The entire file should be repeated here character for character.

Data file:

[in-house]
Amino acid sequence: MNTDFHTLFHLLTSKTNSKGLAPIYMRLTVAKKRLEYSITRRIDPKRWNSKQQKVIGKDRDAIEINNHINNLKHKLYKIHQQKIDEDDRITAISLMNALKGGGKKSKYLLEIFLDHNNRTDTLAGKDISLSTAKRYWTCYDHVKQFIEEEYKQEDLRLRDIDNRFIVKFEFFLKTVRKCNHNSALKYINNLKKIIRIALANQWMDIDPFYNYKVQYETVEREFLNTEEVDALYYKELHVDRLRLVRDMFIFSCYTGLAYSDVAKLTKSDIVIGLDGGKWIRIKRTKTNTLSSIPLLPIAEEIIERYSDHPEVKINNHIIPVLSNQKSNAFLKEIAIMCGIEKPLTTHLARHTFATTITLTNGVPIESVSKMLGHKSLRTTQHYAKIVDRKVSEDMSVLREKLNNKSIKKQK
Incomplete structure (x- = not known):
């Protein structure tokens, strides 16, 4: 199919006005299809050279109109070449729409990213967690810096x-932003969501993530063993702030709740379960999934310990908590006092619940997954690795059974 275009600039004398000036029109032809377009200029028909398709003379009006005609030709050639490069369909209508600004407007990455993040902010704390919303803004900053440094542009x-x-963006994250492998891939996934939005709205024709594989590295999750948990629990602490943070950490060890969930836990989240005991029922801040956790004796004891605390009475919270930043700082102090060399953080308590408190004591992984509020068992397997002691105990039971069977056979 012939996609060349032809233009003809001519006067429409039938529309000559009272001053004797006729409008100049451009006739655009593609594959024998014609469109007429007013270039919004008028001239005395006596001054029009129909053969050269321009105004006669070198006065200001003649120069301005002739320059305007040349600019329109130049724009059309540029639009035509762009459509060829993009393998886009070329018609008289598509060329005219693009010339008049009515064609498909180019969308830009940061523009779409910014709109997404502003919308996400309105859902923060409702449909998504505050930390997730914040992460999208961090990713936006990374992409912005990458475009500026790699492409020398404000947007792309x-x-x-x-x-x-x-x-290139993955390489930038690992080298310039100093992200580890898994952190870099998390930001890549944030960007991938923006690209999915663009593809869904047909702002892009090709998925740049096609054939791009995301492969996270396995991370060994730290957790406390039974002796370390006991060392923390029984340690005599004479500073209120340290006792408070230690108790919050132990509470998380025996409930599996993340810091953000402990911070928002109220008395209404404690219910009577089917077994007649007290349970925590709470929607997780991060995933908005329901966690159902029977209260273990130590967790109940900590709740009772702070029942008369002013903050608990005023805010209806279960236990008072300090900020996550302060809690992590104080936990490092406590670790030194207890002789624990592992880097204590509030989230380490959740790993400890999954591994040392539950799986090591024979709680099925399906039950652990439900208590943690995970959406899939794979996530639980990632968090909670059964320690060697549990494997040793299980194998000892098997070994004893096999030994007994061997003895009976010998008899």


[in-house]
Amino acid sequence: MNTDFHTLFHLLTSKTNSKGLAPIYMRLTVAKKRLEYSITRRIDPKRWNSKQQKVIGKDRDAIEINNHINNLKHKLYKIHQQKIDEDDRITAISLMNALKGGGKKSKYLLEIFLDHNNRTDTLAGKDISLSTAKRYWTCYDHVKQFIEEEYKQEDLRLRDIDNRFIVKFEFFLKTVRKCNHNSALKYINNLKKIIRIALANQWMDIDPFYNYKVQYETVEREFLNTEEVDALYYKELHVDRLRLVRDMFIFSCYTGLAYSDVAKLTKSDIVIGLDGGKWIRIKRTKTNTLSSIPLLPIAEEIIERYSDHPEVKINNHIIPVLSNQKSNAFLKEIAIMCGIEKPLTTHLARHTFATTITLTNGVPIESVSKMLGHKSLRTTQHYAKIVDRKVSEDMSVLREKLNNKSIKKQK
Incomplete structure (x- = not known):
């Protein structure tokens, strides 16, 4: 199919006005299809050279109109070449729409990213967690810096x-932003969501993530063993702030709740379960999934310990908590006092619940997954690795059974 275009600039004398000036029109032809377009200029028909398709003379009006005609030709050639490069369909209508600004407007990455993040902010704390919303803004900053440094542009x-x-963006994250492998891939996934939005709205024709594989590295999750948990629990602490943070950490060890969930836990989240005991029922801040956790004796004891605390009475919270930043700082102090060399953080308590408190004591992984509020068992397997002691105990039971069977056979 012939996609060349032809233009003809001519006067429409039938529309000559009272001053004797006729409008100049451009006739655009593609594959024998014609469109007429007013270039919004008028001239005395006596001054029009129909053969050269321009105004006669070198006065200001003649120069301005002739320059305007040349600019329109130049724009059309540029639009035509762009459509060829993009393998886009070329018609008289598509060329005219693009010339008049009515064609498909180019969308830009940061523009779409910014709109997404502003919308996400309105859902923060409702449909998504505050930390997730914040992460999208961090990713936006990374992409912005990458475009500026790699492409020398404000947007792309x-x-x-x-x-x-x-x-290139993955390489930038690992080298310039100093992200580890898994952190870099998390930001890549944030960007991938923006690209999915663009593809869904047909702002892009090709998925740049096609054939791009995301492969996270396995991370060994730290957790406390039974002796370390006991060392923390029984340690005599004479500073209120340290006792408070230690108790919050132990509470998380025996409930599996993340810091953000402990911070928002109220008395209404404690219910009577089917077994007649007290349970925590709470929607997780991060995933908005329901966690159902029977209260273990130590967790109940900590709740009772702070029942008369002013903050608990005023805010209806279960236990008072300090900020996550302060809690992590104080936990490092406590670790030194207890002789624990592992880097204590509030989230380490959740790993400890999954591994040392539950799986090591024979709680099925399906039950652990439900208590943690995970959406899939794979996530639980990632968090909670059964320690060697549990494997040793299980194998000892098997070994004893096999030994007994061997003895009976010998008899």